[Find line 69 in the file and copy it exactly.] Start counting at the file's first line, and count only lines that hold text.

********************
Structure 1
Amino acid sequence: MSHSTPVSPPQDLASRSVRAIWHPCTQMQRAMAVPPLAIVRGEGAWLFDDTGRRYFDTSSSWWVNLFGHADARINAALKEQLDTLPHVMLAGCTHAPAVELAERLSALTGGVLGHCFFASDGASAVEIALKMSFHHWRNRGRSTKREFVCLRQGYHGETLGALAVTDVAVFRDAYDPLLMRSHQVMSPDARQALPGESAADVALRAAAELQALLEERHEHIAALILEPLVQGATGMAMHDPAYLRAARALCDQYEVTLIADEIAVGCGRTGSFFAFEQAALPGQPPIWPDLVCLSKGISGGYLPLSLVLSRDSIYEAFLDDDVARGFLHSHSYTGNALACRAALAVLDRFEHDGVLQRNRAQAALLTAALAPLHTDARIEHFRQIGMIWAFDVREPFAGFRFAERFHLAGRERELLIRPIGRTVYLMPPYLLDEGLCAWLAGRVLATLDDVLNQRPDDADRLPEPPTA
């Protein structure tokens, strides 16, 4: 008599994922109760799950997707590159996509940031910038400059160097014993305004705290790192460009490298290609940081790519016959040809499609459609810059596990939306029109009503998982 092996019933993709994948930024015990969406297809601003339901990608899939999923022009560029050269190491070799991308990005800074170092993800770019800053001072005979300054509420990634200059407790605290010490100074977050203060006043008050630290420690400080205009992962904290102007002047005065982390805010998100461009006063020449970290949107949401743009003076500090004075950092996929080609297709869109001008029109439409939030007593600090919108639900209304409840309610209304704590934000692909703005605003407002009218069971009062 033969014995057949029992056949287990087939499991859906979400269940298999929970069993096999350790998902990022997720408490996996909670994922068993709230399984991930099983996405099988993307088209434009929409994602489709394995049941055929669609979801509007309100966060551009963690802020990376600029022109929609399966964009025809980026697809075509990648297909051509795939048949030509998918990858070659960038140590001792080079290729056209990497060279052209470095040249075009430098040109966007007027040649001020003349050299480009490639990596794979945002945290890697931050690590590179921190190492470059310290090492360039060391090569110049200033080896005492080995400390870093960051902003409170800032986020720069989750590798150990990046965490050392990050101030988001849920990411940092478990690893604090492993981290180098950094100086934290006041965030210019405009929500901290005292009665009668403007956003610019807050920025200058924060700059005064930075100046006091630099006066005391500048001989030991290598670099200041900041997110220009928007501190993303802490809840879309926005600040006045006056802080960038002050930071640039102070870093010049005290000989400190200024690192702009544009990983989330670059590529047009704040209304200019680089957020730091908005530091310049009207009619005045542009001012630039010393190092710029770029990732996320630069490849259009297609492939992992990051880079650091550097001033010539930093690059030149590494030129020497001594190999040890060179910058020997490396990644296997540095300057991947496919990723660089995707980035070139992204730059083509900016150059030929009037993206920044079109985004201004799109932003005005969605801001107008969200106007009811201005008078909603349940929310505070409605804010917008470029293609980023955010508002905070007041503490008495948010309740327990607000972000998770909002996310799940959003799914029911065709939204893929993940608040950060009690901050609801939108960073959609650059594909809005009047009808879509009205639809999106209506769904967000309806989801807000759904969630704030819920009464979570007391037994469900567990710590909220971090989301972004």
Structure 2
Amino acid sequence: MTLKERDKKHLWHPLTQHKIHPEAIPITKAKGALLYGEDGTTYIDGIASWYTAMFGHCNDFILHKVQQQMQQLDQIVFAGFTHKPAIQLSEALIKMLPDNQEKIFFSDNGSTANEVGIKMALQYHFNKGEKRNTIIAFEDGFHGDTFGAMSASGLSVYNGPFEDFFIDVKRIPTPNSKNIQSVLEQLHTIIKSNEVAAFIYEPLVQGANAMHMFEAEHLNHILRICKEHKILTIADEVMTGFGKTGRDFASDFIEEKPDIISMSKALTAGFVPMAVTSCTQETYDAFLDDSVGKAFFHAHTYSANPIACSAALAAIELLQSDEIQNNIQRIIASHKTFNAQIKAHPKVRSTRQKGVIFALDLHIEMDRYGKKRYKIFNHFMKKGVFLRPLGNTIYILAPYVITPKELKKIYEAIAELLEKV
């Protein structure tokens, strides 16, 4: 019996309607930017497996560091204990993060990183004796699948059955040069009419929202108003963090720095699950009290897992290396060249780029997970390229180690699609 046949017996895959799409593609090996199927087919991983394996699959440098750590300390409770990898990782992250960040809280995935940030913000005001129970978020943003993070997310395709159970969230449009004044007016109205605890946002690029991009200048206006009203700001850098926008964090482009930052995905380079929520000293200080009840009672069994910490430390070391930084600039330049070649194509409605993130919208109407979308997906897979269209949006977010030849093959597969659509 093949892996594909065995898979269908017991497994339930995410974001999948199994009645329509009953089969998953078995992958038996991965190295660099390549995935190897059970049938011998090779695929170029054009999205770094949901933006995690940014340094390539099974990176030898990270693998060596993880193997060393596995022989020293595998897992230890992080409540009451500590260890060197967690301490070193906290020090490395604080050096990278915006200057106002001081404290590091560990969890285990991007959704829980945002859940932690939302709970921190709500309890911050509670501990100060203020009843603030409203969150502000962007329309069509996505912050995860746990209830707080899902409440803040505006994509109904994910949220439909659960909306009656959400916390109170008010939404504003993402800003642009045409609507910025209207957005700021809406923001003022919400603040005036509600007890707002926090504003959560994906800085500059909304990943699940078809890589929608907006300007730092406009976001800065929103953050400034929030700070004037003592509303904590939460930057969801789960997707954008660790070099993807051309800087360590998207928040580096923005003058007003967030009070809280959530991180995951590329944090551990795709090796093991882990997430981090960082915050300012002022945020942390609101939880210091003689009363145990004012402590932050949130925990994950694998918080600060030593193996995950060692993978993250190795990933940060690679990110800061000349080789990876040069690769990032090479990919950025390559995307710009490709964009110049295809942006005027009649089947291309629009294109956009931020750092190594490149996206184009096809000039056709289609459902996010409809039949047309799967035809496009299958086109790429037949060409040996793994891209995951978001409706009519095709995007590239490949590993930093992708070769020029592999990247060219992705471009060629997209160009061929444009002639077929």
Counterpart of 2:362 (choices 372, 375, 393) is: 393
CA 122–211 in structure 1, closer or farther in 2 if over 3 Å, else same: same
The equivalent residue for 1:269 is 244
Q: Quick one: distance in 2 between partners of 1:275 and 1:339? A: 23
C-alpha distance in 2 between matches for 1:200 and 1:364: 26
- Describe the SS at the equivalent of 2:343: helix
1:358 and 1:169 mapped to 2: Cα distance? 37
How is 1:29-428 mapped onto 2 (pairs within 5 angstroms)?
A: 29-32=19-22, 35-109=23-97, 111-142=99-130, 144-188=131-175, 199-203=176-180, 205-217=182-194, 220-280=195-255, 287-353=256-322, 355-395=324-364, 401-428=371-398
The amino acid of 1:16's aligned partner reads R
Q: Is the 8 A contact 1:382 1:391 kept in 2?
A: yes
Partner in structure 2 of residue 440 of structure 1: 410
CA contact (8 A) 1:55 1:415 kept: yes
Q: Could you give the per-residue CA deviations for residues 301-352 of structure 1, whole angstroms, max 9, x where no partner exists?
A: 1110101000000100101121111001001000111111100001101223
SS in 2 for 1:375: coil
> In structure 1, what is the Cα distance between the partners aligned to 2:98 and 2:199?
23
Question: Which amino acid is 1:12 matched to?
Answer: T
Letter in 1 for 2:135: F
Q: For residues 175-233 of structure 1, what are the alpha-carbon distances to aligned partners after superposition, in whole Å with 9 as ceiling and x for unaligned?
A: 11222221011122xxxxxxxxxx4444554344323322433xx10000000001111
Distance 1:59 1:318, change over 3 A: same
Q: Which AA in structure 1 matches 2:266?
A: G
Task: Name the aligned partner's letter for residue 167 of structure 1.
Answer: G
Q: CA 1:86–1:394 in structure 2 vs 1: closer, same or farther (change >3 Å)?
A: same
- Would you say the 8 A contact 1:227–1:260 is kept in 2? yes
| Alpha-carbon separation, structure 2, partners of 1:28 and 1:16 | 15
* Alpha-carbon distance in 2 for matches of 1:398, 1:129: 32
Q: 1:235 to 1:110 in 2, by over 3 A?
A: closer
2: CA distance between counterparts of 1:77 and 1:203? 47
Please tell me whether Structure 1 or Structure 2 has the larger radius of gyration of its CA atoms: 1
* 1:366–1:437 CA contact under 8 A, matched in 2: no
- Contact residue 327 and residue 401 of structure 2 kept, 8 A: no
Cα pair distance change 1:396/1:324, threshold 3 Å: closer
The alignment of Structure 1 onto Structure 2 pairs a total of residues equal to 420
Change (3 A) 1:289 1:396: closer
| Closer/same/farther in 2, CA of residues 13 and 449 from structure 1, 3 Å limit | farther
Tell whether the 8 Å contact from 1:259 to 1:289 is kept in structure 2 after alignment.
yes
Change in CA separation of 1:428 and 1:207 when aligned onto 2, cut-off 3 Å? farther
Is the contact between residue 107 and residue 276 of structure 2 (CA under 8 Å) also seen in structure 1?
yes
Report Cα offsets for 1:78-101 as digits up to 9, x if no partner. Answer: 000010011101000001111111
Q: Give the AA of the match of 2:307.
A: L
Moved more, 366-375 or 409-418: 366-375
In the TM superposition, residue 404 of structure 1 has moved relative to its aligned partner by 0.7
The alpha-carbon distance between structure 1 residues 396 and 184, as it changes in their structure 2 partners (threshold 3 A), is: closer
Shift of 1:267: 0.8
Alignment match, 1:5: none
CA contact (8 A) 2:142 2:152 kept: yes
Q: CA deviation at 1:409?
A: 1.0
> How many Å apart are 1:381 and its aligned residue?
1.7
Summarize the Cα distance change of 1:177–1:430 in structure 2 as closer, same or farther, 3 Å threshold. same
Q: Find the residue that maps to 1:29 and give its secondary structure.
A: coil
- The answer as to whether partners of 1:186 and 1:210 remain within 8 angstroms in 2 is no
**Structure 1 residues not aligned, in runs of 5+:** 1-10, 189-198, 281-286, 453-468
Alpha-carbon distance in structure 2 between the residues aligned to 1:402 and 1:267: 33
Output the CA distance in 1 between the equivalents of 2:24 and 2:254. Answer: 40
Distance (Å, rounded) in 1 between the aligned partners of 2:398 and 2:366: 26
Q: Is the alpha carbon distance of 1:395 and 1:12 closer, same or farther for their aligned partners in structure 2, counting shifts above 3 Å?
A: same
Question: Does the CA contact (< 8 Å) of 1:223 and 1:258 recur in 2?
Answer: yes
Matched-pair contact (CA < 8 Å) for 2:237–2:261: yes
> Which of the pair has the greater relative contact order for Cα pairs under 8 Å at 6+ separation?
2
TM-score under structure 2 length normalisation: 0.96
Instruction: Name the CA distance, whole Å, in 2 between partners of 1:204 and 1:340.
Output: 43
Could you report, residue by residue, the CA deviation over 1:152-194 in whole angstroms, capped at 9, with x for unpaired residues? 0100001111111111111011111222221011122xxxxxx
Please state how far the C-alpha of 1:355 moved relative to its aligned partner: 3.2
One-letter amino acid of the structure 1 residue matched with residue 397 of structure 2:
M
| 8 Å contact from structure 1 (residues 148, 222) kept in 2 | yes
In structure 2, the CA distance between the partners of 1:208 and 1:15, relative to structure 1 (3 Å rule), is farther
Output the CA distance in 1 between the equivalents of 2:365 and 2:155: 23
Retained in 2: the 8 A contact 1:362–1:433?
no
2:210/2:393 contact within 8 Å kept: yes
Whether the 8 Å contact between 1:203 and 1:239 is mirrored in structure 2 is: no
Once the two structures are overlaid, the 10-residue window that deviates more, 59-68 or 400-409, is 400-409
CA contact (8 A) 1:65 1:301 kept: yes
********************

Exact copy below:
Summarize the Cα distance change of 1:177–1:430 in structure 2 as closer, same or farther, 3 Å threshold. same